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At this point, even Ezra Klein is conceding that the “recovery” growth rate of 1.7 percent is a “horrific” new normal, so I can be accused of no partisan quest driving me to point out these depressing facts about our current economy, but a desire that we harness the good sense to abandon what’s not working and get the heck out of this mess.
One thing that I have been curious about for years, is how is technology affecting employment rates.
The legislation will extend the federal Emergency Unemployment Compensation (EUC) program through 2013. This means that unemployment compensation will continue for unemployed workers who are currently collecting federal jobless benefits. Unemployed workers who run out of state benefits during 2013 will now be eligible for benefit extensions, as well.
Originally posted by neo96
reply to post by Evil_Santa
I look at it this way need a job to get money, need people buying stuff for the need of robots/technology can't have one without the other IMO.
The problem has always been figuring out a balance.
Originally posted by Evil_Santa
reply to post by Night Star
See - I just don't get how the unemployment rate is still this high. I have no issues finding employment, and have switched jobs 3 times since 2008. Each time I put in pretty minimal effort to find gainful employment, and had a position within 1 - 2 interviews.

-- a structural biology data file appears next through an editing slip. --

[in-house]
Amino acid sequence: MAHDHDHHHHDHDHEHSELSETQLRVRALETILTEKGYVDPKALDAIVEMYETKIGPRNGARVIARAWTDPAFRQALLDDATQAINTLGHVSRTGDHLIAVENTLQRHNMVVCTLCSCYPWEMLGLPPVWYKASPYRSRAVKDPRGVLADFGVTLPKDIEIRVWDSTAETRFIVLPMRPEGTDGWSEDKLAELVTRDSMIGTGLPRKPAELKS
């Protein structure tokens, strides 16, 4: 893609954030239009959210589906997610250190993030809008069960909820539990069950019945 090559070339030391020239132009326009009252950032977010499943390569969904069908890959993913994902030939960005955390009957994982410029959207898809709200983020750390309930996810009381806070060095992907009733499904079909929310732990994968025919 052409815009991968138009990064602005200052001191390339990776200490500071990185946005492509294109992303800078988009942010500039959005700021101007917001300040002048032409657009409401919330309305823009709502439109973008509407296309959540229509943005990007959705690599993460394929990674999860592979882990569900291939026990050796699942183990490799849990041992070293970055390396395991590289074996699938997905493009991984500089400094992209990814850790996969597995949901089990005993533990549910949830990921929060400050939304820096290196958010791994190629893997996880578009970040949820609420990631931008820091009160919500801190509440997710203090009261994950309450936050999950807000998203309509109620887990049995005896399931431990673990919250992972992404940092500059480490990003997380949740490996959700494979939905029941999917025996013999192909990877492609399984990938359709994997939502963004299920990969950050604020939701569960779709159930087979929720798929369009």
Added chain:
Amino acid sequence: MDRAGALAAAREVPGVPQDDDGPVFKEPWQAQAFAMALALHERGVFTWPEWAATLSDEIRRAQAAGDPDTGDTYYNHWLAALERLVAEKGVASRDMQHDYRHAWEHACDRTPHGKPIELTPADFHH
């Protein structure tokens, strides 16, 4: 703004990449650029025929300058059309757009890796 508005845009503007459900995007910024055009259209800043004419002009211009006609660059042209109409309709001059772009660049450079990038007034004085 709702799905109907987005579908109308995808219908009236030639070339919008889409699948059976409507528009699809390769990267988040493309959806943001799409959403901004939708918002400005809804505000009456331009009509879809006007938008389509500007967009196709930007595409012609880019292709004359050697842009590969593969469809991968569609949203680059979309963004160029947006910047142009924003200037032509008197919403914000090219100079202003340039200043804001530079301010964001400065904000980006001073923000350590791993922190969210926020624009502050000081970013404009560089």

Here's an example, I'm between companies right now, and I've sent out maybe 5 resumes in the last month. Last week I had 1 interview and will go back next week for the 2nd interview.
I have a GED. That's it.
Do you or anyone else here know if those are unbroken and continuous extensions?
I.E. are there honestly people who are drawing unemployment today that started on it years ago?
Through the roof.
What is this doing to the unemployment costs levied upon business to support the funds paying those long term claims?
...we've developed inequality so extreme that it is worse than any time since the late 1920s.
Technology has been making some jobs obsolete for 200+ years now, but it is only recently that corporate profit margins have gone through the roof. Just because you can pay full-time employees so little that they're below the poverty line doesn't mean you should--especially when retention is often a problem and your profit margin is extraordinarily high.
Enabling stong unions enables a strong middle class and a strong economy.